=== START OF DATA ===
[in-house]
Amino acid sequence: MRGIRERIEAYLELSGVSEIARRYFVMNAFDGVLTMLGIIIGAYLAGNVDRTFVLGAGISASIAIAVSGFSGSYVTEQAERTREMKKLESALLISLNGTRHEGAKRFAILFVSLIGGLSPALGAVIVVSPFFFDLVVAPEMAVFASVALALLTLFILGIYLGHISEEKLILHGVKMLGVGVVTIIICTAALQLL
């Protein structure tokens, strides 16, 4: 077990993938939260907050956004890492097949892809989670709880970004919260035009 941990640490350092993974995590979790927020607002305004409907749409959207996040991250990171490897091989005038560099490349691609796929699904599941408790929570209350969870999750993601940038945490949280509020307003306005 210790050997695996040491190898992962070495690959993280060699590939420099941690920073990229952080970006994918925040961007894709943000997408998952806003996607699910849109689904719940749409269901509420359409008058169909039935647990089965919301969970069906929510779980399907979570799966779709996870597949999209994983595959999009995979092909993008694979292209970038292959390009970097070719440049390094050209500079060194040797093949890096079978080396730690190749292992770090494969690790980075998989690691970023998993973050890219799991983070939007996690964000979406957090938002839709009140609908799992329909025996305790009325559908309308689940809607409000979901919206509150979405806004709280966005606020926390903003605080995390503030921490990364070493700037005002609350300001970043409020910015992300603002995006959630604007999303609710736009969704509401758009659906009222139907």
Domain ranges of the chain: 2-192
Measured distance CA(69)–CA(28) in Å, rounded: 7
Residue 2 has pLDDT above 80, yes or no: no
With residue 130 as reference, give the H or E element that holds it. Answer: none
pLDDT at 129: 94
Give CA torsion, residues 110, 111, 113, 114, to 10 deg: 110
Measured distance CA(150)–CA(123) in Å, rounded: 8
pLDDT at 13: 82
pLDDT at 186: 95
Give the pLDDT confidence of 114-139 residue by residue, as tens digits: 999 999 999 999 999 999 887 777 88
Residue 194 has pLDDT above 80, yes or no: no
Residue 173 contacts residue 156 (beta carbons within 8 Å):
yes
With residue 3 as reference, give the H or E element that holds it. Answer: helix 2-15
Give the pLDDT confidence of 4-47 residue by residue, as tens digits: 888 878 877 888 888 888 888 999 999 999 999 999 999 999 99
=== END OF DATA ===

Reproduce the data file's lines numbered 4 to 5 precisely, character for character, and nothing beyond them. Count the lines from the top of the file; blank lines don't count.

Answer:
Domain ranges of the chain: 2-192
Measured distance CA(69)–CA(28) in Å, rounded: 7